ReD3 overview

Therapeutic antibodies are a well-established and successful segment of the global therapeutics market. Antibodies, being too large to enter a cell, can only target the subset of proteins which are present on the cell’s exterior (extra-cellular). Cell biology, however, occurs inside the cell and many changes that are found in virally infected or cancerous cells are not in cell-surface proteins.

However, the immune system does have a method to ‘peek’ inside the cell via Major Histocompatibility Complexes (MHCs), also known as HLA in humans. Intracellular proteins are broken into fragments by the proteasome and are loaded onto empty MHCs and displayed on the outside of the cell as peptide-MHC complexes (pMHCs) for interrogation by T-cells.
pMHCs are thus a window into the cell: when a cell has been infected by a virus or has become cancerous, peptides from the overexpressed or mutated proteins are displayed externally to the immune system. The immune system screens the pMHC for ‘non-self’ using an antibody-like molecule, the T-Cell Receptor (TCR), which generally has low affinity for its target. Unfortunately, virally-infected or cancerous cells often manage to avoid this ‘immune surveillance’ and the immune response is insufficient to kill the target cells.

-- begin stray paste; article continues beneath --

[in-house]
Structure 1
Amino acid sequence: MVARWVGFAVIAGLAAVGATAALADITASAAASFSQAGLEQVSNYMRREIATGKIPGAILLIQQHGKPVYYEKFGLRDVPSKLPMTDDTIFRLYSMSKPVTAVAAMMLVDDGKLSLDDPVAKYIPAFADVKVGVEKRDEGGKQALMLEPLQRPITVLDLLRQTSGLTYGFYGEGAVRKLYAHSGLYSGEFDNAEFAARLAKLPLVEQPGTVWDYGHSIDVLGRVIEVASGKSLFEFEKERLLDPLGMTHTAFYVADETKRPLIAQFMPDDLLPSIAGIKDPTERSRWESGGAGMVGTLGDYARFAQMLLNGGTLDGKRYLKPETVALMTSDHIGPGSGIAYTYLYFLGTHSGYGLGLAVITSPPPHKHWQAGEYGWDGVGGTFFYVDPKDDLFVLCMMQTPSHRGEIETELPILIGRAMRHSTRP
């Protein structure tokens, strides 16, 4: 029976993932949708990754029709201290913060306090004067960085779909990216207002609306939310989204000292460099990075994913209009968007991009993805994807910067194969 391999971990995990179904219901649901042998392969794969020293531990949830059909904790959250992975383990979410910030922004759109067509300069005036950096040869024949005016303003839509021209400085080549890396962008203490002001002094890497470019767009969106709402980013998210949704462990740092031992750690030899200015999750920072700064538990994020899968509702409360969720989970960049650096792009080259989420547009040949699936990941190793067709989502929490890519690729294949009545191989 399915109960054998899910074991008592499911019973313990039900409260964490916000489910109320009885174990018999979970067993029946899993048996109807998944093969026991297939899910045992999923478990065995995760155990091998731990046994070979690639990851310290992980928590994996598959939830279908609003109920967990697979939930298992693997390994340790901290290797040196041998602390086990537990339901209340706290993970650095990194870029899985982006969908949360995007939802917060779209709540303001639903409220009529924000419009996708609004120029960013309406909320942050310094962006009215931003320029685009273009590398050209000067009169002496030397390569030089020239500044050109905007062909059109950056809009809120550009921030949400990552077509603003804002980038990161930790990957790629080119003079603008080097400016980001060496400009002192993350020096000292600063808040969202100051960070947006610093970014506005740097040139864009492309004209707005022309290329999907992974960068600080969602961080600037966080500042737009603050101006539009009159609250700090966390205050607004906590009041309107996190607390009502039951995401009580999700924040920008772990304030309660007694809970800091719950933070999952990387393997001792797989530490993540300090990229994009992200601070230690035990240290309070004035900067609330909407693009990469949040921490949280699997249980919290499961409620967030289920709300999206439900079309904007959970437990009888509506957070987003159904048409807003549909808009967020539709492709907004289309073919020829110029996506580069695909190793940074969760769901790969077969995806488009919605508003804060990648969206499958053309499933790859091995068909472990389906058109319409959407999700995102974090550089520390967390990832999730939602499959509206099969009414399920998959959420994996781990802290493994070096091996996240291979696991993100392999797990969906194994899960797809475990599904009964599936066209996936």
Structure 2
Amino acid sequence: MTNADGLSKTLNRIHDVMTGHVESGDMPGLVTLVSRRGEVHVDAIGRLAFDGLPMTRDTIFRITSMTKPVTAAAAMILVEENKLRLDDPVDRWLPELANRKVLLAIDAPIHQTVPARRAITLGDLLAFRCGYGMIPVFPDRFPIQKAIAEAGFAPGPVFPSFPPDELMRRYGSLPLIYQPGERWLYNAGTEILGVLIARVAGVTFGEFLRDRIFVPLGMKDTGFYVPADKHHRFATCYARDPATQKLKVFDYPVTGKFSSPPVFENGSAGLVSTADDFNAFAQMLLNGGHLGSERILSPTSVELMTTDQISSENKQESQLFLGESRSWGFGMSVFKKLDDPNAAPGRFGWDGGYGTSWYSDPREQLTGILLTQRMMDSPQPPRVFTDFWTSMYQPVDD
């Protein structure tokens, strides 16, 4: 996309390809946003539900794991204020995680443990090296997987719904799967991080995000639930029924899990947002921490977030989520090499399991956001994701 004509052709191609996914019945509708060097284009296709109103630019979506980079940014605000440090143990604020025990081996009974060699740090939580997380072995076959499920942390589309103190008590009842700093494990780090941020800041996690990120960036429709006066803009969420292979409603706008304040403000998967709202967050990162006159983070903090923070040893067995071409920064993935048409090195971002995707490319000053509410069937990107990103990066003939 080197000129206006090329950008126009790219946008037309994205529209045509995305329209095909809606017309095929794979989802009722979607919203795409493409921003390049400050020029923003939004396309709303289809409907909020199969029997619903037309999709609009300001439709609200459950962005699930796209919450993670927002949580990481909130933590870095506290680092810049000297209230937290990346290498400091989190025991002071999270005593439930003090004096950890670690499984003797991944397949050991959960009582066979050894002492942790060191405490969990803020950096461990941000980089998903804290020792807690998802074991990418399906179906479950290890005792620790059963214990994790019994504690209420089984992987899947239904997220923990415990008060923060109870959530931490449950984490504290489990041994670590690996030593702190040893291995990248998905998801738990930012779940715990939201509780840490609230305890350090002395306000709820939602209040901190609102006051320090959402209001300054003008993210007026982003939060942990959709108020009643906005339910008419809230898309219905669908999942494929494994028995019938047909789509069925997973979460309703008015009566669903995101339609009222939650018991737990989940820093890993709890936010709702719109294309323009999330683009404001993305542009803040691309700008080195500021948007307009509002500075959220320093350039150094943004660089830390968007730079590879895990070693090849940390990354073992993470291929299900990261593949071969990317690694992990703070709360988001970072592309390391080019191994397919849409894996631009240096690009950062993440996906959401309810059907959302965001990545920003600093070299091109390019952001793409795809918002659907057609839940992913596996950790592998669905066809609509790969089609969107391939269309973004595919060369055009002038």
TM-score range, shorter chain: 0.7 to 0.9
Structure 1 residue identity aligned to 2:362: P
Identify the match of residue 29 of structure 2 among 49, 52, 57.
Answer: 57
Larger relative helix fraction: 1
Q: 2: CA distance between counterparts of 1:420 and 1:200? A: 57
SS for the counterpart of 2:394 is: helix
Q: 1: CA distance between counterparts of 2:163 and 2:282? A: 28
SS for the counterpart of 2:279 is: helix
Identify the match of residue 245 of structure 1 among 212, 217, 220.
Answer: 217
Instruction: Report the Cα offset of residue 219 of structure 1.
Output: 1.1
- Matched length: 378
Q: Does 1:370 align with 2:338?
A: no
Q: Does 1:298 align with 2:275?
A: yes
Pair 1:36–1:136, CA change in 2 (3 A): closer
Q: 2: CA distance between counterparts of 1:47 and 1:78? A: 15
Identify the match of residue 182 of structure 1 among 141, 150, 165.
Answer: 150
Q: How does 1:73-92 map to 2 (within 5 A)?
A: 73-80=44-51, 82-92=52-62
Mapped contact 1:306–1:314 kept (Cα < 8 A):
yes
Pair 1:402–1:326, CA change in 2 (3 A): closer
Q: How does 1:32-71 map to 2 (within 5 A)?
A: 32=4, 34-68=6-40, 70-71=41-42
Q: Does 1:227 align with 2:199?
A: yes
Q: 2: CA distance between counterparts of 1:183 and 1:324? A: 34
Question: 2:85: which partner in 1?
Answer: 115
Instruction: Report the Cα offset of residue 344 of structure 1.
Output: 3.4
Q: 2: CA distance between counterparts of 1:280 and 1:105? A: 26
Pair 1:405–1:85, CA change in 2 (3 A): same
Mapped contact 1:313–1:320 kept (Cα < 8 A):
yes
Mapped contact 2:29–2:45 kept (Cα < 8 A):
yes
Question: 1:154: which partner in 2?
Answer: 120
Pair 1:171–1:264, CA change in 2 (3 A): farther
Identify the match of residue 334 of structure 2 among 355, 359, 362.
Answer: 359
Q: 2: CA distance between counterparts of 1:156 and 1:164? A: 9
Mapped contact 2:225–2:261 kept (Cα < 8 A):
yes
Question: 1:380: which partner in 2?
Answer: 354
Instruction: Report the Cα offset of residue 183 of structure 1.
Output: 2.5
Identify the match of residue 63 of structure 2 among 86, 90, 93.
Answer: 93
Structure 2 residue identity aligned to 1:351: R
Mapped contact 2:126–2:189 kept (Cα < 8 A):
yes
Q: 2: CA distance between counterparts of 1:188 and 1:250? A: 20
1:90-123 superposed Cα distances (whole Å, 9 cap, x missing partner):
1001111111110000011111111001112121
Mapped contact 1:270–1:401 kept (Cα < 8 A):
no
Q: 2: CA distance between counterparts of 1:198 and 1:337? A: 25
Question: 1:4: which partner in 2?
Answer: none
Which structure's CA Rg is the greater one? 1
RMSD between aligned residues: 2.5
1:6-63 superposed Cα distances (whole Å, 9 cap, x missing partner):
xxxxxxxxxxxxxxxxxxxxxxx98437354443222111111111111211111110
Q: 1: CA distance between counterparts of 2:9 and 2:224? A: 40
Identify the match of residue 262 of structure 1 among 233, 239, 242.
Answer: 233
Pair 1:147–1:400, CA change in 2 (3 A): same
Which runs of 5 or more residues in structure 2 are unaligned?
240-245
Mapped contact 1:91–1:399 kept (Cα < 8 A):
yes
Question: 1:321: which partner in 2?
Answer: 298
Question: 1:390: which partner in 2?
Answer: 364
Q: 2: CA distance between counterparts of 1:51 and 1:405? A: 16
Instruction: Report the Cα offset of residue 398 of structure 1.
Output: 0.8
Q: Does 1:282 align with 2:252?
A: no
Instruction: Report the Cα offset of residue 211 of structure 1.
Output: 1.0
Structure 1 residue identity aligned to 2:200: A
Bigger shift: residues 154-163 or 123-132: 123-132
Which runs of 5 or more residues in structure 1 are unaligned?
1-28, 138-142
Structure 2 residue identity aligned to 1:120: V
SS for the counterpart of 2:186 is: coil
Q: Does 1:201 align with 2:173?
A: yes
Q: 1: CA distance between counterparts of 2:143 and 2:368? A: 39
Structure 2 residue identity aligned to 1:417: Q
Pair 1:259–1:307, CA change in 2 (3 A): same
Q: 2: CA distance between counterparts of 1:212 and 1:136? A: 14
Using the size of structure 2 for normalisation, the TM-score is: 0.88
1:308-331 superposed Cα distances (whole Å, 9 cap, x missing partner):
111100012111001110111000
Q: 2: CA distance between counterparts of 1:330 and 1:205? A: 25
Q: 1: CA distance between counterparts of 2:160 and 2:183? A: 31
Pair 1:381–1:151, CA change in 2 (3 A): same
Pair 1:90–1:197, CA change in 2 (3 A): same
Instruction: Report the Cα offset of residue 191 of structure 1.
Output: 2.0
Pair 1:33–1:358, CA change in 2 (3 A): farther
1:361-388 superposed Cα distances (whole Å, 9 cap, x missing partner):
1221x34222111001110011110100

Screening for high affinity molecules such as antibodies or TCRs specifically against pMHCs of diseased cells is, therefore, a potential way to target these cells. The problem arises, however, that the pMHCs displaying the peptides of healthy cells and those of diseased cells may only differ by a single amino acid in the displayed peptide.

Discovery of antibodies specific to a pMHCs is, therefore, a particularly difficult task in antibody engineering, requiring discrimination of a single complex from the vast repertoire of the entire human proteome displayed as pMHCs. No company has thus far managed to routinely and rapidly address pMHC with both high affinity and selectivity. Until now.

Affinity BIO has successfully employed it’s ReD3 screening system against a range of oncology and viral pMHC targets, generating single-chain antibodies (scFv) that have both high-affinity AND high-specificity to a single pMHC. The ability of the ReD3 system to do this can be explained by a combination of attributes that are significantly differentiated from standard antibody discovery technologies such as phage display.

The ability to target intra-cellular proteins creates a host of new therapeutic options, potentially enabling new treatments of various forms of cancer, viral infections and autoimmune diseases.